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Deborah Osborn, 2006 Hollings Fellows Summer Scholar

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Deborah Osborn

Hollings Scholar

Bucknell University, Chemical Engineering, 2007
Linda McCauley/Anderson Lab
Pseudo-nitzschia: Emerging HAB threat in the Gulf of Maine

Related NOAA Strategic Plan Goal:

Goal 1. Protect, restore and manage the use of coastal and ocean resources through ecosystem-based management.

Goal 2. Understand climate variability and change to enhance society’s ability to plan and respond.

Goal 3. Serve society’s needs for weather and water information.
Summary of Accomplishments

Pseudo-nitzschia is a marine diatom found in the Gulf of Maine (GOM). Some species are capable of producing domoic acid, which causes amnesic shellfish poisoning and is believed to have killed over twenty whales and forty seals in the GOM in 2003 alone. The species distribution and which species are toxic in the GOM is not well known, so the Anderson lab was awarded a NOAA grant to investigate in the interest of being able to inform the public of any danger arising from the domoic acid toxicity and developing the background information necessary to be able to respond to blooms.

My summer work consisted of using molecular techniques to identify the species of Pseudo-nitzschia in the GOM and determine whether molecular probes developed on the West Coast could be used here. I sampled nearshore and offshore waters in the GOM while participating on the Oceanus cruise OC425, established clonal cultures, identified the strains to the species level using molecular techniques, and compared the sequences I found to the molecular probes.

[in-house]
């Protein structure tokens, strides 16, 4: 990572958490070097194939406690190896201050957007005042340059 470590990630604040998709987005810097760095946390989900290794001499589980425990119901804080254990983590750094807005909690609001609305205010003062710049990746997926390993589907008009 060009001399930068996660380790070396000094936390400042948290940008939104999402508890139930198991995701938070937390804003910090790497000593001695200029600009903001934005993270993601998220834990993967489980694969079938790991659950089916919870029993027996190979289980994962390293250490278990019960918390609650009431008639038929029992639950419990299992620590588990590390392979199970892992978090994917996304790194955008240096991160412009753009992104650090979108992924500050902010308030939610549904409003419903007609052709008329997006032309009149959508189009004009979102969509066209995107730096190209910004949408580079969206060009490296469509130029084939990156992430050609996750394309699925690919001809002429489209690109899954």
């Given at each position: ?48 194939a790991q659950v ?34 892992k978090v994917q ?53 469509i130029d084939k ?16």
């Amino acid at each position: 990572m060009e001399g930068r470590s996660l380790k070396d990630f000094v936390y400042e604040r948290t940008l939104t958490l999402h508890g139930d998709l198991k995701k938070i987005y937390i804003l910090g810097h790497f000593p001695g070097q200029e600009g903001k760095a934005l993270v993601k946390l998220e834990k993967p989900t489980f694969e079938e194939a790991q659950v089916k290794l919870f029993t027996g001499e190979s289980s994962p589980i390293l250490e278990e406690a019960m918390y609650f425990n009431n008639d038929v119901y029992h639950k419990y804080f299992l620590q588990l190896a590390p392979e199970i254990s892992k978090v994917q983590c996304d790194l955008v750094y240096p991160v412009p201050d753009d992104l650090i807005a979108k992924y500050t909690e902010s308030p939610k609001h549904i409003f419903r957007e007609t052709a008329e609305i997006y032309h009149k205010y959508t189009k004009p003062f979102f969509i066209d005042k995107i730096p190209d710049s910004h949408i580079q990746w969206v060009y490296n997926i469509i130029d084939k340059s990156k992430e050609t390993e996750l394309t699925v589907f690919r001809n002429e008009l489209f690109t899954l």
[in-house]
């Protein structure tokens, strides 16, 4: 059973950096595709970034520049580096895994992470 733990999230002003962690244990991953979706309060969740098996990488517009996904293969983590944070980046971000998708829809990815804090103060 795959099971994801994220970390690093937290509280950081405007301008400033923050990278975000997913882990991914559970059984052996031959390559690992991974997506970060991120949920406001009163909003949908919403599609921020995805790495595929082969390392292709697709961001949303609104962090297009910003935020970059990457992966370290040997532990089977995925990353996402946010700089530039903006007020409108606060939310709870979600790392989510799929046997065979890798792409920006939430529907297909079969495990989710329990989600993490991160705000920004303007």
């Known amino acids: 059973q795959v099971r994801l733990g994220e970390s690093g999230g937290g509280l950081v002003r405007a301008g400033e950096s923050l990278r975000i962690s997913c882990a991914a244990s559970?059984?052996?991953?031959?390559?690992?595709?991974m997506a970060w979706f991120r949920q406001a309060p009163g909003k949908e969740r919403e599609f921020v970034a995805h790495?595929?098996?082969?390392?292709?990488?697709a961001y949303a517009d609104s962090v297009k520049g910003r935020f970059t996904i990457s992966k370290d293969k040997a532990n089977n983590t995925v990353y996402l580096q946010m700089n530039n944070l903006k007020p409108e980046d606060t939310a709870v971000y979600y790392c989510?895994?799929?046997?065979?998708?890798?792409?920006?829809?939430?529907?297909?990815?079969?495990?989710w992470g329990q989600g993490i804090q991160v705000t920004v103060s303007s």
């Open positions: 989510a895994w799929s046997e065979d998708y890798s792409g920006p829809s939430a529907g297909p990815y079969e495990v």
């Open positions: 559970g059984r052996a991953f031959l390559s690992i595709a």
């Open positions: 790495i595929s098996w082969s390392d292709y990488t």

The analysis revealed four unique sequences resembling different species or strains of Pseudo-nitzschia. Comparing the molecular probes developed on the West Coast to these four sequences revealed that the probes will not work and must be redesigned. The sequence information and clonal cultures I established are a strong starting point for the continued work on Pseudo-nitzschia in the Gulf of Maine.

Presenting my work during the Hollings Conference at NOAA headquarters in Silver Springs, MD went very well and sparked numerous comments and questions on this project over my time there. I really enjoyed working in the Anderson Lab this summer thanks to the amazing people there and knowing the importance of the project I was contributing to.

Last updated: August 19, 2008

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